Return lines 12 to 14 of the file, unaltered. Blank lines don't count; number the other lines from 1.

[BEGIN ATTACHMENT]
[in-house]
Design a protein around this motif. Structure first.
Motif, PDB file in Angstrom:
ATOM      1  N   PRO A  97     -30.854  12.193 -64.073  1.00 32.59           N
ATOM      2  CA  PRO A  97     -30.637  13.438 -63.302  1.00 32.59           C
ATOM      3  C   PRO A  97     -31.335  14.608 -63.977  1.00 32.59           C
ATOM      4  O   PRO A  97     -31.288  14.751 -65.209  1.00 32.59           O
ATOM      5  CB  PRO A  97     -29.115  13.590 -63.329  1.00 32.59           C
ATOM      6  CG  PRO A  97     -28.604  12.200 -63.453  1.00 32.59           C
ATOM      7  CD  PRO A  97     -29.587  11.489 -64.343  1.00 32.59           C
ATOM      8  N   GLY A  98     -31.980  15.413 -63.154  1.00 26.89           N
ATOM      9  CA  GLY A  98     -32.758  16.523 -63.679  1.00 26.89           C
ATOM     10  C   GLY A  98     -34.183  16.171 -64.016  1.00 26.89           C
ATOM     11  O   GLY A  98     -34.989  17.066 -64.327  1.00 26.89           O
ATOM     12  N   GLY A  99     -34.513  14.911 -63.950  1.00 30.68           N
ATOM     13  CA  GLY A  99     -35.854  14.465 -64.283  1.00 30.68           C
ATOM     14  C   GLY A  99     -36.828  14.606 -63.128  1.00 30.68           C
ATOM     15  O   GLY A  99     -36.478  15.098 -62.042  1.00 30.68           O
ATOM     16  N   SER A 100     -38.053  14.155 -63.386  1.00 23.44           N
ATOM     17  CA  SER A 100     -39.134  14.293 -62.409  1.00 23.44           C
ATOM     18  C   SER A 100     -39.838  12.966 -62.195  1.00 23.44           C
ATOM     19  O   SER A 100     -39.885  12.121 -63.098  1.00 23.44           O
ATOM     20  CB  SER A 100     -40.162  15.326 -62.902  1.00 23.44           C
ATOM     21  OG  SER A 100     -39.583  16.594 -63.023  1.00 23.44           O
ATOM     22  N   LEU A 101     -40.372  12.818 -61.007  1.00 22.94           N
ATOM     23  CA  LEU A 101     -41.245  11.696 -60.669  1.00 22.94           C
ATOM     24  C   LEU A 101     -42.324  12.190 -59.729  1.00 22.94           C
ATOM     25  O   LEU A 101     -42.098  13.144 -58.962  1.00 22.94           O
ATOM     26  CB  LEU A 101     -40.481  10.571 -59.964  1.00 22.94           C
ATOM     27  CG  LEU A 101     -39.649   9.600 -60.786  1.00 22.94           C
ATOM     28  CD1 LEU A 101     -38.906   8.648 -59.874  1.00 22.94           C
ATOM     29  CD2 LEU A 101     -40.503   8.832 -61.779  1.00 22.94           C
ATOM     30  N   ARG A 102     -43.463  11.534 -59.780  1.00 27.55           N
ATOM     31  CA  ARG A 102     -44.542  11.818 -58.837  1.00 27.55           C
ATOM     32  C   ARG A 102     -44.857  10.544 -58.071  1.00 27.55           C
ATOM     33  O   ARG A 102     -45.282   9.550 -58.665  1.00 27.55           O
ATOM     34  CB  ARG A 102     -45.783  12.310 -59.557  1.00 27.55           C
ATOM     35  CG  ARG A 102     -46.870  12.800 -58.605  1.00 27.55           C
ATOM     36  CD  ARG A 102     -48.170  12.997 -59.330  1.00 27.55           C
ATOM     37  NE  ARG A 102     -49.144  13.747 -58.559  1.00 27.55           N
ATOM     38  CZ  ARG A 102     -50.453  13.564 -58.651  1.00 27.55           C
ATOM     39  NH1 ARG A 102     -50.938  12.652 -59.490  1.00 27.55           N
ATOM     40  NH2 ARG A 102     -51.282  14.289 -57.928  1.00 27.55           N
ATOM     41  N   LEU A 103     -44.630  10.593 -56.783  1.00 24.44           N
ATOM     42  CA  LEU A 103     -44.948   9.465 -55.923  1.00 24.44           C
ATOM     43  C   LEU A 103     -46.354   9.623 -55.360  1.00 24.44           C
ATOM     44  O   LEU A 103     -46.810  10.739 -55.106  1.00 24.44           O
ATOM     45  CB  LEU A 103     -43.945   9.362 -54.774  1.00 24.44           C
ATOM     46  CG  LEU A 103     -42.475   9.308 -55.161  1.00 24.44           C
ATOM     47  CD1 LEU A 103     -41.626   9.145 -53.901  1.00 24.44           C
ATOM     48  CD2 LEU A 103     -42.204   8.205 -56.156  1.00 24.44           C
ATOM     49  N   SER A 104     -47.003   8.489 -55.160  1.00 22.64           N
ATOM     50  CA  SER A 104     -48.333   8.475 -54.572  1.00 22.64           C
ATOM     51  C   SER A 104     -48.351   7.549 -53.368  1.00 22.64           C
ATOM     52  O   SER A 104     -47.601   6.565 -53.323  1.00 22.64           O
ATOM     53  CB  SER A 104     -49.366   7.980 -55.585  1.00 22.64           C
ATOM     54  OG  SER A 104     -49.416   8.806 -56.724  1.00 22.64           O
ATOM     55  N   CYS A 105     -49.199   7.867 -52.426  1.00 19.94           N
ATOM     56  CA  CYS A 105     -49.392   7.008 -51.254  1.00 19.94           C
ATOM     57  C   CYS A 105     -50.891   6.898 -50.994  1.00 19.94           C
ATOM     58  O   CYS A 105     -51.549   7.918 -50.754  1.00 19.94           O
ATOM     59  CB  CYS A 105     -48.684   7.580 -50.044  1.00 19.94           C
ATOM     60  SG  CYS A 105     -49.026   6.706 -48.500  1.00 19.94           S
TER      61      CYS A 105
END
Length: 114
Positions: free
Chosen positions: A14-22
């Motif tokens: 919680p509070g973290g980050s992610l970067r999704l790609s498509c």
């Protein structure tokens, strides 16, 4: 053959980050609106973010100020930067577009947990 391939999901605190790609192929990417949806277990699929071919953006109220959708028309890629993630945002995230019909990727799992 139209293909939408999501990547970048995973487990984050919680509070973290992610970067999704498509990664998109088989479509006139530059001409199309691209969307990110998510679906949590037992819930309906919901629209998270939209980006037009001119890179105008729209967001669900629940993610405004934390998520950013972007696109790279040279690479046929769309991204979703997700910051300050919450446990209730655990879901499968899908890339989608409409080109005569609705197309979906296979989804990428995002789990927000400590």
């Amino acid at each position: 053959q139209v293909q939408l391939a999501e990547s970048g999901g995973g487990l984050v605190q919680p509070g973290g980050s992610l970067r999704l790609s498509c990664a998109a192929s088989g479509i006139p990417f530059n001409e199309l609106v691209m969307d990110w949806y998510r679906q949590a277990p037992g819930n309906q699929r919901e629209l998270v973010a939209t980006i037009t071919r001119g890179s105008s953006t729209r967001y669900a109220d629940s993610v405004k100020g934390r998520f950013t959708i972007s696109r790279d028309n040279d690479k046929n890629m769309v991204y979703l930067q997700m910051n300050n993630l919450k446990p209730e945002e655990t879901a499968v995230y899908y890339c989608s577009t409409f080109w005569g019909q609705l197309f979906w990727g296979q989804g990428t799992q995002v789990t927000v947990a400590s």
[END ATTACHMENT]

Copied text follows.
ATOM      9  CA  GLY A  98     -32.758  16.523 -63.679  1.00 26.89           C
ATOM     10  C   GLY A  98     -34.183  16.171 -64.016  1.00 26.89           C
ATOM     11  O   GLY A  98     -34.989  17.066 -64.327  1.00 26.89           O